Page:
Brace yourselves, because this is where it’s going to get really dense and possibly hard to follow. I’m going to try to keep it as simple as possible (partly because going into depth on every term and theory would take a lifetime, and partly because the whole point of this thing is to be readable). To my knowledge, atheists tend to be materialists – that is, they reject the notion of the supernatural and hold that everything “supervenes on” the physical world. This is consistent with the usual reasons they pose for rejecting theism and supernaturalism in the first place, so you can’t fault them for that. However, let’s run with that scenario. The material, physical world is the only thing that can be said to exist in reality. Even mental processes such as love, pain, reason itself, happiness, depression, etc. can be said to supervene on or be based upon the physical realities. Consciousness is the result of the physical world behaving in a certain way. Okay? Now, here’s where the Basic Argument I talked about earlier comes into play. If this is the way that reality is, the atheist has not escaped determinism. Let me show you. I first heard of this argument in Galen Strawson’s “The Impossibility of Moral Responsibility,” which can be found in the 2007 edition of Ethical Theory (edited by Russ Shafer-Landau… the forthcoming quote is on page 347). It is he who termed it the Basic Argument and it can be stated thusly:

“(1) You do what you do because of the way you are. So,

(2) To be truly morally responsible for what you do you must be truly responsible for the way you are – at least in certain crucial mental respects. But,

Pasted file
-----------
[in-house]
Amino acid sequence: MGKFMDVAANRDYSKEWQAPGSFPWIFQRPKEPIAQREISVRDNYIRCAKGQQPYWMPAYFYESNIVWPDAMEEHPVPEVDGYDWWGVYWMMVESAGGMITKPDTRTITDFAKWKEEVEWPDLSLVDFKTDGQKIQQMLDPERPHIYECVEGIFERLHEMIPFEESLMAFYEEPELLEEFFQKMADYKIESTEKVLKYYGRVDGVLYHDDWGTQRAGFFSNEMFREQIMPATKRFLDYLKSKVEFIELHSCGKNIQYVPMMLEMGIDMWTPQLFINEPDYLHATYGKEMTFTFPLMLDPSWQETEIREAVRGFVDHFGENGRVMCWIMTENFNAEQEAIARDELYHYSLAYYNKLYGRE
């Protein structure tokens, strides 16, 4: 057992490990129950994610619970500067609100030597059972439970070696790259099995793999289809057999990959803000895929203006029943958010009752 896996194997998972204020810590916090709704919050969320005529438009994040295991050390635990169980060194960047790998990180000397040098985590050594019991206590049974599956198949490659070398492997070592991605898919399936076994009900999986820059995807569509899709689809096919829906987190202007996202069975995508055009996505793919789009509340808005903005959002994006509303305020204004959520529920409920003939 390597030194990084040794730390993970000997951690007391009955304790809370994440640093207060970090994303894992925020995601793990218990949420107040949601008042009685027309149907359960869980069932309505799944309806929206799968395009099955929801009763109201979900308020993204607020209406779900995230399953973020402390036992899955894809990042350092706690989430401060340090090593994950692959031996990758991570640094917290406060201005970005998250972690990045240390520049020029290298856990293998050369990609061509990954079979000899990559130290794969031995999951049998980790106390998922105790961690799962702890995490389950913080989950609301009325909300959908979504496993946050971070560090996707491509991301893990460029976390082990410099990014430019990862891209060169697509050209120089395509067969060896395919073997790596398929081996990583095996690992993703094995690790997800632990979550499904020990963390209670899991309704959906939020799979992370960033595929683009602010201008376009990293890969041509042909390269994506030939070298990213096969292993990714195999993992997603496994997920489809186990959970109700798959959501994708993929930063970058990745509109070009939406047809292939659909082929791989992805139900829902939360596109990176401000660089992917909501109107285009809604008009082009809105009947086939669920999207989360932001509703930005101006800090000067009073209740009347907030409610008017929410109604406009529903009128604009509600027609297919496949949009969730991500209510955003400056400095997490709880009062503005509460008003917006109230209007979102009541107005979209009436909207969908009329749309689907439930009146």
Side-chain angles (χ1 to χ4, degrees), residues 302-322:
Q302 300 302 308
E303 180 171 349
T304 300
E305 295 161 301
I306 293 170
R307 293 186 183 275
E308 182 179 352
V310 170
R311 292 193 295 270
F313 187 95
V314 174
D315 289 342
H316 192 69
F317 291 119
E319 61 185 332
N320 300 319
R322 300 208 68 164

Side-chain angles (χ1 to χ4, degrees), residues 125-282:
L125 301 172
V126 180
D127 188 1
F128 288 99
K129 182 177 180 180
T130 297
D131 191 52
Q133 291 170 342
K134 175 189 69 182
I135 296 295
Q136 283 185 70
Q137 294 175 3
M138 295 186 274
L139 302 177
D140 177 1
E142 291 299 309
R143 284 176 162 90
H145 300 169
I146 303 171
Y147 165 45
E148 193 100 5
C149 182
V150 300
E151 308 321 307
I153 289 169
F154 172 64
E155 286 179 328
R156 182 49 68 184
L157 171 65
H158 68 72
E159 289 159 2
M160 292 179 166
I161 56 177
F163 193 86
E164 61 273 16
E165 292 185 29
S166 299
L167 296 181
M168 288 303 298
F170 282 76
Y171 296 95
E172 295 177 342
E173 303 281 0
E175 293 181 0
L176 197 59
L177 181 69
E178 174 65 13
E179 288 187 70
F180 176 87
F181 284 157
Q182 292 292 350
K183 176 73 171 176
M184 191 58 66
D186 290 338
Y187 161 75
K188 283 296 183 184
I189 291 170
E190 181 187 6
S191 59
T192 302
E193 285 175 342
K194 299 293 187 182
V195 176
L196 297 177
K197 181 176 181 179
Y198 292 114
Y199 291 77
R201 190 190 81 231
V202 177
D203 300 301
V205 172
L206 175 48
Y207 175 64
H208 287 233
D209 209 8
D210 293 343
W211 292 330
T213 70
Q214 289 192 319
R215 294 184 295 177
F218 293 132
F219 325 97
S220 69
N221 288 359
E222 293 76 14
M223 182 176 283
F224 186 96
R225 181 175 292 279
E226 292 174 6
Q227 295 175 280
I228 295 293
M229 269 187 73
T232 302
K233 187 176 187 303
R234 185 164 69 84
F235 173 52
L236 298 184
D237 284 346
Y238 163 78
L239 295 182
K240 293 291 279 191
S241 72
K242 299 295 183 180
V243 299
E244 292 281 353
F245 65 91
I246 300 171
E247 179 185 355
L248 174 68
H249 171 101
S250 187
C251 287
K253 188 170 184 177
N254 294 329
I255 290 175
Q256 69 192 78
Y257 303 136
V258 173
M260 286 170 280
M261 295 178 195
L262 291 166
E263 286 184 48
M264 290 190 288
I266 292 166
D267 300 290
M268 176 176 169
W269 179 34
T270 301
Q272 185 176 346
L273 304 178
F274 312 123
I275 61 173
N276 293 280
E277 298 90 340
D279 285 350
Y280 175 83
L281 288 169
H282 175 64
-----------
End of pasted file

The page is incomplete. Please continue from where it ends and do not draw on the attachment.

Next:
(3) You cannot be truly responsible for the way you are, so you cannot be truly responsible for what you do.”

This is tough to parse on some levels – especially as it relates to the a/theism debate. So let me try to simplify it by connecting it directly with what we have been talking about. To the atheistic materialist, the world is entirely made up of physical things. In fact, even seemingly non-physical things supervene on the physical processes. So, our mental faculties are merely the result of the workings of physical processes in our brains. But, these physical processes behave according to strict physical laws that have been working on your physical makeup since literally before you were born. This is evidenced by the fact that alcoholism, for example, has a genetic basis. Therefore, since you cannot be said to have been responsible for your original physical makeup (after all, you didn’t exist yet and certainly did not pick out the physical properties you would have upon birth), and since you cannot be said to be responsible for the physical laws that have been acting on those original physical properties over time (since those laws existed before you did and are not mutable, or at least certainly not mutable by you), and since your physical makeup dictates your mental processes (this is materialism, the mental supervening on the physical), you cannot be said to have free will, nor to be morally responsible for the choices you make.